There's only one piece on this album of music by Chinese American composer Bright Sheng that's connected with Chinese opera, and that, A Night at the Chinese Opera for violin and piano, is the shortest of the five included. That little work evokes the vocal sound of Chinese opera singing in the violin, and actually, it suggests that the idea of instrumental music rooted in Chinese opera, rather than the ubiquitous folk melodies, is one that composers might profitably employ. So if you're looking for a whole album of that, you won't find it here. In general, though, this is an album that will satisfy fans of Sheng, a professor at the University of Michigan, as well as newcomers to his music. Sheng has found a middle path -- better, middle paths -- between grandly cinematic and rigorously modernist treatments of Chinese traditional materials, and the chamber and piano works here use structure and rhythm in addition to melody as organizing principles. The first movement of My Song (1989), for example, evokes in a general way the heterophony of much Chinese ensemble music. Another cause for celebration is the presence of onetime bad boy Peter Serkin, who has been a supporter of Sheng's music and was connected with the genesis of both My Song and the Dance Capriccio (2011). Lively and absorbing rather than catchy, this is recommended for anyone interested in the growing Chinese presence in American concert music.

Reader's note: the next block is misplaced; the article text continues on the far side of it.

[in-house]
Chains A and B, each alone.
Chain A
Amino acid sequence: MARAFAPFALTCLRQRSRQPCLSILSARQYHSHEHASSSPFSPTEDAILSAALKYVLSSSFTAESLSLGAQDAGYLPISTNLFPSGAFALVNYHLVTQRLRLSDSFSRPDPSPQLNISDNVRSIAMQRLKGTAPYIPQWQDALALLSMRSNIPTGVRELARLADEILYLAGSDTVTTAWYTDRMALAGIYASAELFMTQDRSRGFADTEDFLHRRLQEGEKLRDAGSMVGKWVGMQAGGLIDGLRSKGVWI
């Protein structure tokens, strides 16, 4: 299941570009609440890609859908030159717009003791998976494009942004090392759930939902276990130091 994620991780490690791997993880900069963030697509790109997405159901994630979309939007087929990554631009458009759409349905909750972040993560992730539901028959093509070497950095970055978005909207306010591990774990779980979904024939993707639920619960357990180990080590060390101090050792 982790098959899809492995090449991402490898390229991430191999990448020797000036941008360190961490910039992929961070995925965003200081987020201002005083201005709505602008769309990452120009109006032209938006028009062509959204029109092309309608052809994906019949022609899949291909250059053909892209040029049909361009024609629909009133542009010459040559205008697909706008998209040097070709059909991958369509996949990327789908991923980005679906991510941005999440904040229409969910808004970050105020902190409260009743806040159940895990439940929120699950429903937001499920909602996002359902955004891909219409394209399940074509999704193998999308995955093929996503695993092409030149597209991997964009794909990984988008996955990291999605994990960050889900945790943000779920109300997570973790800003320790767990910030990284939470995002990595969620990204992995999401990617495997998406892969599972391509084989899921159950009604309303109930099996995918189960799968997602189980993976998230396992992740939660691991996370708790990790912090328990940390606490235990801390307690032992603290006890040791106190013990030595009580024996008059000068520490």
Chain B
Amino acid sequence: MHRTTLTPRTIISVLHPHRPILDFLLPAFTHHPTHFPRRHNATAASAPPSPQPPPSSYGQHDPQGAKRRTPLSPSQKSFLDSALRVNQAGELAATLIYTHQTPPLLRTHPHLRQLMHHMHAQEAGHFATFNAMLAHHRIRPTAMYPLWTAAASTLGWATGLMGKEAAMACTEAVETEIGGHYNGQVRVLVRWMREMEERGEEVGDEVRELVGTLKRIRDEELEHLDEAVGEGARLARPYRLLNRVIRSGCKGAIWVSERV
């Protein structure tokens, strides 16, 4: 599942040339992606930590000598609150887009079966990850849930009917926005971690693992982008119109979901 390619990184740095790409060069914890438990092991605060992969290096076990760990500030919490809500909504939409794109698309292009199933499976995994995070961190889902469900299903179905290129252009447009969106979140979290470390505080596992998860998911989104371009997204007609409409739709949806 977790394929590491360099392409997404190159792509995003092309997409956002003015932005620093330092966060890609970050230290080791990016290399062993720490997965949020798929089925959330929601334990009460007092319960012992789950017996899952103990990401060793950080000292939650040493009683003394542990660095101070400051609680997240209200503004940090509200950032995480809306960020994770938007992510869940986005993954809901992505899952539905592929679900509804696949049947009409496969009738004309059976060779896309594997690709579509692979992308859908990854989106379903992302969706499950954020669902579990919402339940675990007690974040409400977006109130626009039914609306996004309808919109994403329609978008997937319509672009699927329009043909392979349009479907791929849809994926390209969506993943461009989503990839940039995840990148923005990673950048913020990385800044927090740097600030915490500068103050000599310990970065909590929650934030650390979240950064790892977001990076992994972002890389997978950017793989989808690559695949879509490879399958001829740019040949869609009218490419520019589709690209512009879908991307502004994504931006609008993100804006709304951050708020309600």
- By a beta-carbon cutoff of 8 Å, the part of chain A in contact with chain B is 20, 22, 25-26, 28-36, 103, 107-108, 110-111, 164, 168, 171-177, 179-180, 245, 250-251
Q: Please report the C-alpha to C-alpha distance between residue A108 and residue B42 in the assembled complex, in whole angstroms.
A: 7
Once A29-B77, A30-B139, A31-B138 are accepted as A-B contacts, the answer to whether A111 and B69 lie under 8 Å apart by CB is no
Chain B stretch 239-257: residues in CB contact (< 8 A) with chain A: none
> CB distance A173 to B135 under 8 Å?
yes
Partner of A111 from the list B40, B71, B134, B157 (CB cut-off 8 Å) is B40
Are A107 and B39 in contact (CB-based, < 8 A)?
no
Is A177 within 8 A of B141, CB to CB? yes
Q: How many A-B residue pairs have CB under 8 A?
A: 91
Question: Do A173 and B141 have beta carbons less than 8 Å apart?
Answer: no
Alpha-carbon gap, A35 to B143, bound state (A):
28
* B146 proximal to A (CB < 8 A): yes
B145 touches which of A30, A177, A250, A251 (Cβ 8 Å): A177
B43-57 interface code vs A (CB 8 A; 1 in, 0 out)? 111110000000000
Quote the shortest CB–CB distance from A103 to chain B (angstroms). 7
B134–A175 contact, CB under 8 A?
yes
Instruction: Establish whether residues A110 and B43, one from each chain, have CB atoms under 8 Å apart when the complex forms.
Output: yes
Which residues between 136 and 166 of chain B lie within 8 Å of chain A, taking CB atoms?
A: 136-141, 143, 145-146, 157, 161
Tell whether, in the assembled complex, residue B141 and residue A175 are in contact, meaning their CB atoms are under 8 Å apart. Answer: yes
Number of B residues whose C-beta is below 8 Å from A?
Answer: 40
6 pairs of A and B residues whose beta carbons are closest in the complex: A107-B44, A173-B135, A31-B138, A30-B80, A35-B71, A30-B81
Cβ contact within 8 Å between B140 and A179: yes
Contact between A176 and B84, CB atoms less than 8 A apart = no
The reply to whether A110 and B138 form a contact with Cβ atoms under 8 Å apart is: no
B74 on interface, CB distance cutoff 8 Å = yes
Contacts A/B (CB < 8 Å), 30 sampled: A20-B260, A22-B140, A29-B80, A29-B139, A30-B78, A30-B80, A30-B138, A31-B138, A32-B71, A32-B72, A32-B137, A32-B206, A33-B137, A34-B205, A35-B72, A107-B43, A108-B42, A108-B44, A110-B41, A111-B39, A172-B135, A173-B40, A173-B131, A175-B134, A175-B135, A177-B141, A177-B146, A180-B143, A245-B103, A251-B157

Bright Sheng: A Night at the Chinese Opera Review
by James Manheim